Concrete flows into Puget Sound region job sites, absent the Teamsters

Mar 3, 2022, 5:29 AM | Updated: 8:08 am


Malcolm Drilling in Kent (Chris Sullivan/KIRO Newsradio)

(Chris Sullivan/KIRO Newsradio)

Concrete is once again being delivered on some big King County projects, but it’s not being delivered by Teamsters. That has the tempers flaring in this three-month-long strike.

A giant inflatable rat and dozens of picketers greeted the employees of Malcolm Drilling in Kent early Wednesday. The picketers had heard the company was using non-Teamsters drivers and concrete trucks from the regional suppliers to deliver concrete to their job sites, and they were not happy.

Malcolm Drilling’s district manager, John Kvinsland, said he crossed the line of angry picketers and went out to talk to them.  He said he was verbally assaulted and went back inside.

KIRO Newsradio was told by sources the company then turned on giant air compressors, which make a high-pitch sound. That was later confirmed by a pro-union Facebook page called Scabs of King County, and there was concern fire hoses were going to be used to disperse the picketers.

Kvinsland confirmed the use of those compressors.

“To hear the expletives screamed over loud horns and the sirens constantly going, I have people that work outside in this environment,” he said. “We effectively just tried to drown out the noise. I mean, we listen to air compressors all day long — it’s part of our job. If we can get some kind of monotone going outside instead of having my employees have to listen to the rhetoric, that’s what we did.”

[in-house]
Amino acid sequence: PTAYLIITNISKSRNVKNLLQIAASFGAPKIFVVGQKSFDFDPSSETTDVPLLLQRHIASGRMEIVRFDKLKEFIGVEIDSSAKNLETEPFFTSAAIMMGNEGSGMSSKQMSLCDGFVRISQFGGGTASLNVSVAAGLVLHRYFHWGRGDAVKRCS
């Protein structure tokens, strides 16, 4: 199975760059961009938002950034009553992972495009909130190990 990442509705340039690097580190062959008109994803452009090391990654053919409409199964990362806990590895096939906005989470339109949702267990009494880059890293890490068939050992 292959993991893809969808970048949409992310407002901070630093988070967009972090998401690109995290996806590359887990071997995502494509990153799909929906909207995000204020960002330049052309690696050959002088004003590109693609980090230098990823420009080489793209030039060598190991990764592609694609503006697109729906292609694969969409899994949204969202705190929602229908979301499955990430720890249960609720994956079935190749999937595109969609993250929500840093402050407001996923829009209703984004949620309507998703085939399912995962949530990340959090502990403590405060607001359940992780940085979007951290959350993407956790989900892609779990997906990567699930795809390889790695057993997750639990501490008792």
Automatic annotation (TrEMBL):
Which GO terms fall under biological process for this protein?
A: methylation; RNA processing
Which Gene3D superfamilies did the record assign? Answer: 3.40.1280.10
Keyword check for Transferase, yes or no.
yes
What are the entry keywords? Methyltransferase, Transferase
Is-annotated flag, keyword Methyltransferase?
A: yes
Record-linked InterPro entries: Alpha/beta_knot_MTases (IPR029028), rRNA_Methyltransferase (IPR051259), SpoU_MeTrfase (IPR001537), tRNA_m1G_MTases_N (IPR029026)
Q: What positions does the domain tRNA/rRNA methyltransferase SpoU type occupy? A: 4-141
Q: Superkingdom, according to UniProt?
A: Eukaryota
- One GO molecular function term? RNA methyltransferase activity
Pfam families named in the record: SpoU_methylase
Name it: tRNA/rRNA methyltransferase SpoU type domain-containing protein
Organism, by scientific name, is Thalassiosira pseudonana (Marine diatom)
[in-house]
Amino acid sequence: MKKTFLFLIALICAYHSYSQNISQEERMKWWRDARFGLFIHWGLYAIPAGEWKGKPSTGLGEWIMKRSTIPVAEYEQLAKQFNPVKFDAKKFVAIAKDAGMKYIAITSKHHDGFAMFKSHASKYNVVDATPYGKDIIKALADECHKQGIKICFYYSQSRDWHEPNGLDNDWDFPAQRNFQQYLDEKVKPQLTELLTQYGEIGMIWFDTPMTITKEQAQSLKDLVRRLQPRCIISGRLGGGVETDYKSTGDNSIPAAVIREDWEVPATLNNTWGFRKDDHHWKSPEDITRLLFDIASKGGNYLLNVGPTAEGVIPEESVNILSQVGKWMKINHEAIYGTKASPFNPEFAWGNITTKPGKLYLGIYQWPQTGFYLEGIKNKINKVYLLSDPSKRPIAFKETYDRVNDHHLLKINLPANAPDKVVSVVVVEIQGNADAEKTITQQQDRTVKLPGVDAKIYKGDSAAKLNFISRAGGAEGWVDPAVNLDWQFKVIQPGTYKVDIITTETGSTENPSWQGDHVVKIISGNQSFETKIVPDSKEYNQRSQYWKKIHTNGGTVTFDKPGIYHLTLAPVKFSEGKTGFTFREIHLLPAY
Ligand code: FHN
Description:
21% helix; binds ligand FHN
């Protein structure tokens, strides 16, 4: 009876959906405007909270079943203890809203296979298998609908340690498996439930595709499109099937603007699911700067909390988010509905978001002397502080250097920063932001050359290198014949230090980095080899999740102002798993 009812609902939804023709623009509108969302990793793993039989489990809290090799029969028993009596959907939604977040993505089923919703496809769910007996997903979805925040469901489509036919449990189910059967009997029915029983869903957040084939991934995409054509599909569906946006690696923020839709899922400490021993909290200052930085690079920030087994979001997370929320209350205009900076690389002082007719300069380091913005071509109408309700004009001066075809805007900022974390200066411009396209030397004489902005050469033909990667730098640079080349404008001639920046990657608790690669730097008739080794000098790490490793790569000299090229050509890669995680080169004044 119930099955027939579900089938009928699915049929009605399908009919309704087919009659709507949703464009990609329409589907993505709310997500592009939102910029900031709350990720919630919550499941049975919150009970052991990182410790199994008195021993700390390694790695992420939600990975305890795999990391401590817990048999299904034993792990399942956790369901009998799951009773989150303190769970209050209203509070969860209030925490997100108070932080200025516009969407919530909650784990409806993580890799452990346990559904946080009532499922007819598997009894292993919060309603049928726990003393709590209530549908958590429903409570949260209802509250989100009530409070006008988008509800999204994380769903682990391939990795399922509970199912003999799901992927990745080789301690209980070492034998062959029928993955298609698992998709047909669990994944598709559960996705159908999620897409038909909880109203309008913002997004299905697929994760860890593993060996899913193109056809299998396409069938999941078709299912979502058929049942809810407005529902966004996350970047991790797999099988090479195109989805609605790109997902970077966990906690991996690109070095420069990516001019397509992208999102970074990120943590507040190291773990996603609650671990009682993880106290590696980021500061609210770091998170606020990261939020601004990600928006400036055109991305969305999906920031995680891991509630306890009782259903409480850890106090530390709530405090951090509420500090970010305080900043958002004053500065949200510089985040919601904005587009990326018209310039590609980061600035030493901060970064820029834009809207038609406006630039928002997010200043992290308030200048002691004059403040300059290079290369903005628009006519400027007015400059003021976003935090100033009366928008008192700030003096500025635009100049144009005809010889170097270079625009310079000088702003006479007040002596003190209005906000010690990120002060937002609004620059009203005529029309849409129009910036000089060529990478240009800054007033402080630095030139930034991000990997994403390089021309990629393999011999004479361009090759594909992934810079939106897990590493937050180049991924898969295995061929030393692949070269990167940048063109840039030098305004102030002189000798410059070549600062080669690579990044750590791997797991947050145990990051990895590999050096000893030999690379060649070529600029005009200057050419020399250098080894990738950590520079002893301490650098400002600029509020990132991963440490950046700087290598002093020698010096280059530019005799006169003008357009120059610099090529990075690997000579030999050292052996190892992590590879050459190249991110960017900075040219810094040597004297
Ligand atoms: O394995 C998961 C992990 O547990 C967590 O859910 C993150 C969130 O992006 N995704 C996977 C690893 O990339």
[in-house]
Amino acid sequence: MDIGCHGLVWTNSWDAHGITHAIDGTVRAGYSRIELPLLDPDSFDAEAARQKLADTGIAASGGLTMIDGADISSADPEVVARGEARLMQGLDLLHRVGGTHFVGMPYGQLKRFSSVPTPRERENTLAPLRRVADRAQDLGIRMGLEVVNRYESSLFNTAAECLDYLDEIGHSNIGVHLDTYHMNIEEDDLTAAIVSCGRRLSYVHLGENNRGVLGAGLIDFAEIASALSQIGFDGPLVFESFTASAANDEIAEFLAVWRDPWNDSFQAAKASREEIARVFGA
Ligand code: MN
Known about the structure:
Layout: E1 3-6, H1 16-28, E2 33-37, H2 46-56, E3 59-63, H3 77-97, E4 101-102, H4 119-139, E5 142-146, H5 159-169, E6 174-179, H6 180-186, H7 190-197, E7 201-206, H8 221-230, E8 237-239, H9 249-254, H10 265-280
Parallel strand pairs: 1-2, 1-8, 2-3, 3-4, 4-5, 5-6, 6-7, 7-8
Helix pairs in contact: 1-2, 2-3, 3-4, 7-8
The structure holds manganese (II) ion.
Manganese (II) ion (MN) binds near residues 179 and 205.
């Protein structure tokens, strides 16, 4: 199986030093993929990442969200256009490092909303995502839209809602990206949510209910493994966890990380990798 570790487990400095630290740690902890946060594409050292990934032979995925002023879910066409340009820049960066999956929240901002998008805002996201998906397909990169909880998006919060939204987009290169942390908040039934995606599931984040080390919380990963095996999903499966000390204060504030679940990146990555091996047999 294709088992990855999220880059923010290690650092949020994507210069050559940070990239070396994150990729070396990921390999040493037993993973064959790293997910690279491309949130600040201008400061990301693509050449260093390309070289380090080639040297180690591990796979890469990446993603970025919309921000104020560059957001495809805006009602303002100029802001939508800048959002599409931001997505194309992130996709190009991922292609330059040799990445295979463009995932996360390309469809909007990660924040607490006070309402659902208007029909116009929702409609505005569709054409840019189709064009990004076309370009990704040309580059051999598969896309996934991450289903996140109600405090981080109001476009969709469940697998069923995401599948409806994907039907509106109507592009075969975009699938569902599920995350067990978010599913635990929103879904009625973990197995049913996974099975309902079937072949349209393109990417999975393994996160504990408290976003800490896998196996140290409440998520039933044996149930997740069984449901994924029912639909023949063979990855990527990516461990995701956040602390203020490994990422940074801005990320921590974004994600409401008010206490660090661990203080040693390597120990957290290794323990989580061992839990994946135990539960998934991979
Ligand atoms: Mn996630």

What about the potential for fire hoses?

“No violence intended and no violence planned,” he said.

Kvinsland also confirmed that his company is using other labor union members, with the proper certifications, to deliver concrete. They are laborers, carpenters, and operating engineers. And while he sympathizes with the 330 striking Teamsters, he just can’t go without concrete anymore.

“I have a responsibility to my clients,” he said. “I have a responsibility to my owner. I have a responsibility to our people to put them to work and get them to work and get the ball rolling.”

He said he’s had to lay off more than 100 people during this strike, which actually started in November for his company when the union started its action against Stoneway Concrete.

“Their families need to work, and same with the families of their brothers at Malcolm Drilling,” he said. “We have to get to work.”

And the financial losses are mounting.

“The losses are in the seven figures, easy, and keep in mind that I’m just a drop in the bucket,” Kvinsland said. “I’m a lowly subcontractor. There are contractors that have losses far more dramatic.”

The company will continue to use other union workers to deliver concrete to the job sites, and more contractors are going the same route.

“I think the majority of them are pursuing their own trucks,” he said. “In talking to my peers in the industry, they’re gearing up to haul more concrete. One started [Wednesday], and he’s going to double his operations by Friday.”

By the way, Kent police were called to the protest, and it broke up peacefully.

Check out more of Chris’ Chokepoints.


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